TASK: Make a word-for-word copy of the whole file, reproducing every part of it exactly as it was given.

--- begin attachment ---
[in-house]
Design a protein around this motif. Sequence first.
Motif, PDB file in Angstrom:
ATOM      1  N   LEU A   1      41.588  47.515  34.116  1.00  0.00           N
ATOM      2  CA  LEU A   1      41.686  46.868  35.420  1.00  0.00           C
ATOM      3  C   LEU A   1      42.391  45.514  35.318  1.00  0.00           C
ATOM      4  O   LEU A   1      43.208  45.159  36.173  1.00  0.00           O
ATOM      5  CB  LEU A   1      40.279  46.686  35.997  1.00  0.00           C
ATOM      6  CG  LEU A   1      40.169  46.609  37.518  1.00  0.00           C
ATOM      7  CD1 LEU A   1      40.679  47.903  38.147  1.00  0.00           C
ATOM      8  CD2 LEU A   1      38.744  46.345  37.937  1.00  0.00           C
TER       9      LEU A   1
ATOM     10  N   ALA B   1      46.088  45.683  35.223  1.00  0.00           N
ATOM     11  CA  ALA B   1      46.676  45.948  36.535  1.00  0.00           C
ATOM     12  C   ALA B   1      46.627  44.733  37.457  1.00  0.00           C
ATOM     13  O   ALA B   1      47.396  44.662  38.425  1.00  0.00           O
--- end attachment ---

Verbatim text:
[in-house]
Design a protein around this motif. Sequence first.
Motif, PDB file in Angstrom:
ATOM      1  N   LEU A   1      41.588  47.515  34.116  1.00  0.00           N
ATOM      2  CA  LEU A   1      41.686  46.868  35.420  1.00  0.00           C
ATOM      3  C   LEU A   1      42.391  45.514  35.318  1.00  0.00           C
ATOM      4  O   LEU A   1      43.208  45.159  36.173  1.00  0.00           O
ATOM      5  CB  LEU A   1      40.279  46.686  35.997  1.00  0.00           C
ATOM      6  CG  LEU A   1      40.169  46.609  37.518  1.00  0.00           C
ATOM      7  CD1 LEU A   1      40.679  47.903  38.147  1.00  0.00           C
ATOM      8  CD2 LEU A   1      38.744  46.345  37.937  1.00  0.00           C
TER       9      LEU A   1
ATOM     10  N   ALA B   1      46.088  45.683  35.223  1.00  0.00           N
ATOM     11  CA  ALA B   1      46.676  45.948  36.535  1.00  0.00           C
ATOM     12  C   ALA B   1      46.627  44.733  37.457  1.00  0.00           C
ATOM     13  O   ALA B   1      47.396  44.662  38.425  1.00  0.00           O